Russian startup looks to be space’s ‘junkman’

StartRocket developing 'Foam Debris Catcher'

The Russian space tech startup that had planned to use satellites as an “orbital billboard” to display constellation-like advertisements in the night sky says it has put that project on hold “after receiving many comments and a lot of constructive criticism.”

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Instead, StartRocket is now working on a project to clear potentially-dangerous debris orbiting the Earth.

Low Earth orbit, the space about 1,200 miles above the Earth’s surface, “is an orbital space junk yard,” according to NASA. There are millions of pieces of space junk in low Earth orbit that add up to 6,000 tons. The junk includes pieces of spacecraft, flecks of paint, defunct satellites and other objects. Most of it is moving fast, as quickly as 18,000 miles per hour, or close to seven times faster than a bullet, according to NASA.

An artist’s rendering of debris objects orbiting the Earth, with the size exaggerated to make them visible at the scale shown. (European Space Agency via NASA)

RUSSIAN STARTUP DEVELOPING BILLBOARD THAT WILL BEAM ADS FROM SPACE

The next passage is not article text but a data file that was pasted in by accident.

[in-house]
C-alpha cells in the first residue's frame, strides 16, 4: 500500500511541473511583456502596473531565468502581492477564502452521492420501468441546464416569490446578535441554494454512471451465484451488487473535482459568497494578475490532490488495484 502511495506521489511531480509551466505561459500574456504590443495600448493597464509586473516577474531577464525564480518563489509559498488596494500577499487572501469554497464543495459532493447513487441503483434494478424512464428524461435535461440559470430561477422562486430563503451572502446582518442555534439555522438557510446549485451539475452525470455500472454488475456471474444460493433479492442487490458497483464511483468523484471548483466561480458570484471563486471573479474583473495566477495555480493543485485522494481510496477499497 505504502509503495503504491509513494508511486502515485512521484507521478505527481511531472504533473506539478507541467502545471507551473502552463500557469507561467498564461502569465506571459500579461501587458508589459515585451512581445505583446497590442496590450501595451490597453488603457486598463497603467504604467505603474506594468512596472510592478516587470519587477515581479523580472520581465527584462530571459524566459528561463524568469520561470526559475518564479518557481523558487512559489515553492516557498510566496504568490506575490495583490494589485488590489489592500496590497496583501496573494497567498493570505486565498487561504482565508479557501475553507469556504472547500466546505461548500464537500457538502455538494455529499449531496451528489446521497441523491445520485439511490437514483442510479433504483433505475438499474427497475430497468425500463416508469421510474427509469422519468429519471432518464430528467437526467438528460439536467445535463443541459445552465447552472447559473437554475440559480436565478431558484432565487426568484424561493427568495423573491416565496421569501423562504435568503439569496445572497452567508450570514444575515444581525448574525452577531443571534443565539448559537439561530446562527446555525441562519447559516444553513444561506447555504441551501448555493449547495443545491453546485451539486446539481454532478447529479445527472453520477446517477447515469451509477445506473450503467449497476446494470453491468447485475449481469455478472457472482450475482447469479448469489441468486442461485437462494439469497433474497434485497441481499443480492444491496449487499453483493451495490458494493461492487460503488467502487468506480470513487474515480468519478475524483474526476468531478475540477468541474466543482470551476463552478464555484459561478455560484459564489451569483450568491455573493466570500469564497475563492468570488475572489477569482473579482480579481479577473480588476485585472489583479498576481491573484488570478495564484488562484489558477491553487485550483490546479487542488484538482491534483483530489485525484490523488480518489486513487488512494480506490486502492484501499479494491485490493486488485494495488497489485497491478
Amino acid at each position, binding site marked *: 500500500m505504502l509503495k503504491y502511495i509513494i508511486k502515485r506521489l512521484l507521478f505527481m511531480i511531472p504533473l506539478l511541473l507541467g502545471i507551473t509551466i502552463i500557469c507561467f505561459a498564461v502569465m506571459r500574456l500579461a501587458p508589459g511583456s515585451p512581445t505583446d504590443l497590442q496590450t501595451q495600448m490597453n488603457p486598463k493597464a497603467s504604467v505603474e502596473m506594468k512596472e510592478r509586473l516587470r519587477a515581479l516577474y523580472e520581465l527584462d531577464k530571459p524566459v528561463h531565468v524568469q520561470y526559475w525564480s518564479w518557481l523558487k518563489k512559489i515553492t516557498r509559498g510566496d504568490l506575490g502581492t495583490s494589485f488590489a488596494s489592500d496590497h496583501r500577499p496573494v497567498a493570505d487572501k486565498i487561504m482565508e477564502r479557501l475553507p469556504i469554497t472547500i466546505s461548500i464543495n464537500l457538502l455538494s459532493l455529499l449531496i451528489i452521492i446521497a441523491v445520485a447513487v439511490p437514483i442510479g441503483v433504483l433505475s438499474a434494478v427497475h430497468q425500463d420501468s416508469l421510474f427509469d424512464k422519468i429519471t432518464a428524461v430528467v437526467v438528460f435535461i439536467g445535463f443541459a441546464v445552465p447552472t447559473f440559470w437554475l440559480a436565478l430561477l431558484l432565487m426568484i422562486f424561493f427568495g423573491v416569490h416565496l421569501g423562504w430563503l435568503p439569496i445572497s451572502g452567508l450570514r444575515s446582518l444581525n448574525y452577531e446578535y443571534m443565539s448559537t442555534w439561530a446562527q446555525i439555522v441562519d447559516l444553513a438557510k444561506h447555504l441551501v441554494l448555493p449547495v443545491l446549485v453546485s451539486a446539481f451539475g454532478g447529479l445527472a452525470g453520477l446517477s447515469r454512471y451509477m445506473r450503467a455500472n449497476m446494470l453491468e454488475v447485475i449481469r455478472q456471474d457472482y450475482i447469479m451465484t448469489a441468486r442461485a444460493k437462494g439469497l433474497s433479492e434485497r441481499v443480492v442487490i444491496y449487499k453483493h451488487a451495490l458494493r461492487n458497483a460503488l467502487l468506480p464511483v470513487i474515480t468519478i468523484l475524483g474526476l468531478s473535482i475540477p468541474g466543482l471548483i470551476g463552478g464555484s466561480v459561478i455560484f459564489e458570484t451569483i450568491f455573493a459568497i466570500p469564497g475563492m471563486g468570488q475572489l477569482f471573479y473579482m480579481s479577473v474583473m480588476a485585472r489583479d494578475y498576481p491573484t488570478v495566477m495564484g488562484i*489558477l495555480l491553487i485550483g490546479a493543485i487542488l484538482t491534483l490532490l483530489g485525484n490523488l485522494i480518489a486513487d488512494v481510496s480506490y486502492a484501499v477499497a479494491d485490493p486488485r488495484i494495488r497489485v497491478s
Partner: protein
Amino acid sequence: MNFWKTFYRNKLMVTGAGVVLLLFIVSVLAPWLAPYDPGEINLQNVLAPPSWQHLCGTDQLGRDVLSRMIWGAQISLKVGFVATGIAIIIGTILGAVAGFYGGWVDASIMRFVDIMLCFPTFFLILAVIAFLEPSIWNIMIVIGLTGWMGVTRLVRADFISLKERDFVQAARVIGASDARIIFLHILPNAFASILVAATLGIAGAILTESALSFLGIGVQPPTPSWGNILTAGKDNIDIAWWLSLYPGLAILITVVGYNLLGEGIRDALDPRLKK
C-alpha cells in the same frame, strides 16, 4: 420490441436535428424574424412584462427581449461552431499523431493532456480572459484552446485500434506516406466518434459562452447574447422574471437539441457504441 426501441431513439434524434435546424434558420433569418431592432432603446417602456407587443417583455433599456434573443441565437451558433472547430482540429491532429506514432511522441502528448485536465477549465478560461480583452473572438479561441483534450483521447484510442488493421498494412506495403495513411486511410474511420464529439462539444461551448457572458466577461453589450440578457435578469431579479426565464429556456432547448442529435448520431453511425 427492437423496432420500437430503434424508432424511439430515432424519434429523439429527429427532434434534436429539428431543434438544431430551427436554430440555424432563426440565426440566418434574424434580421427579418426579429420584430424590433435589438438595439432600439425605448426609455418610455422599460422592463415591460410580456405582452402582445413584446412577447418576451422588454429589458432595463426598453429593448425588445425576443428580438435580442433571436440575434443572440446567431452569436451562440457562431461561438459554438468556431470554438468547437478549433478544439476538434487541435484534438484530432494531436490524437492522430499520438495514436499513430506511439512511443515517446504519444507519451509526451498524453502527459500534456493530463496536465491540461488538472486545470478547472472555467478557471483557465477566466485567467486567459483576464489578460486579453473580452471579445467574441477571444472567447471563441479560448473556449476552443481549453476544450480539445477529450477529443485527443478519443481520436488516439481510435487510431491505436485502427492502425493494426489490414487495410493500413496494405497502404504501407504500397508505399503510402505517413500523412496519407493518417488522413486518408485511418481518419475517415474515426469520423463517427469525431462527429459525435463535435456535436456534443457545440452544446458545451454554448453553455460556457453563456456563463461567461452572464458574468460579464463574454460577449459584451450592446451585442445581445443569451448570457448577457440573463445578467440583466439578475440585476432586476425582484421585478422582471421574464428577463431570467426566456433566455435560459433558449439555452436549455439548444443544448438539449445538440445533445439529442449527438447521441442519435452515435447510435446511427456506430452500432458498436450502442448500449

StartRocket is developing what it calls the Foam Debris Catcher in order to collect and destroy that debris, according to the company. A small satellite would release foam when approaching a cloud of space debris to absorb the junk. The satellite would then fall from orbit and burn up in the Earth’s atmosphere, taking the debris with it.

The FDC, as StartRocket calls it, would weigh more than 100 pounds and have a diameter of 1,000 feet or more.

Views of the overhead flight deck window of a space shuttle showing debris impact damage due to high velocity impact strike by space debris in 1996. (NASA)

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Cybersecurity firm Kaspersky is also supporting StartRocket’s project, helping develop technical documentation and offering other assistance.

“The solution being developed by StartRocket is an interesting example of how technology is changing and can be used to reduce space debris,” Andrew Winton, Kaspersky’s vice president of marketing, said in a statement. “We will watch the company’s development and product progression with great interest and look forward to supporting the cause in the coming years.”

StartRocket is planning to raise funds with a Kickstarter project later this year, according to the company. It aims to begin testing in orbit by 2023.

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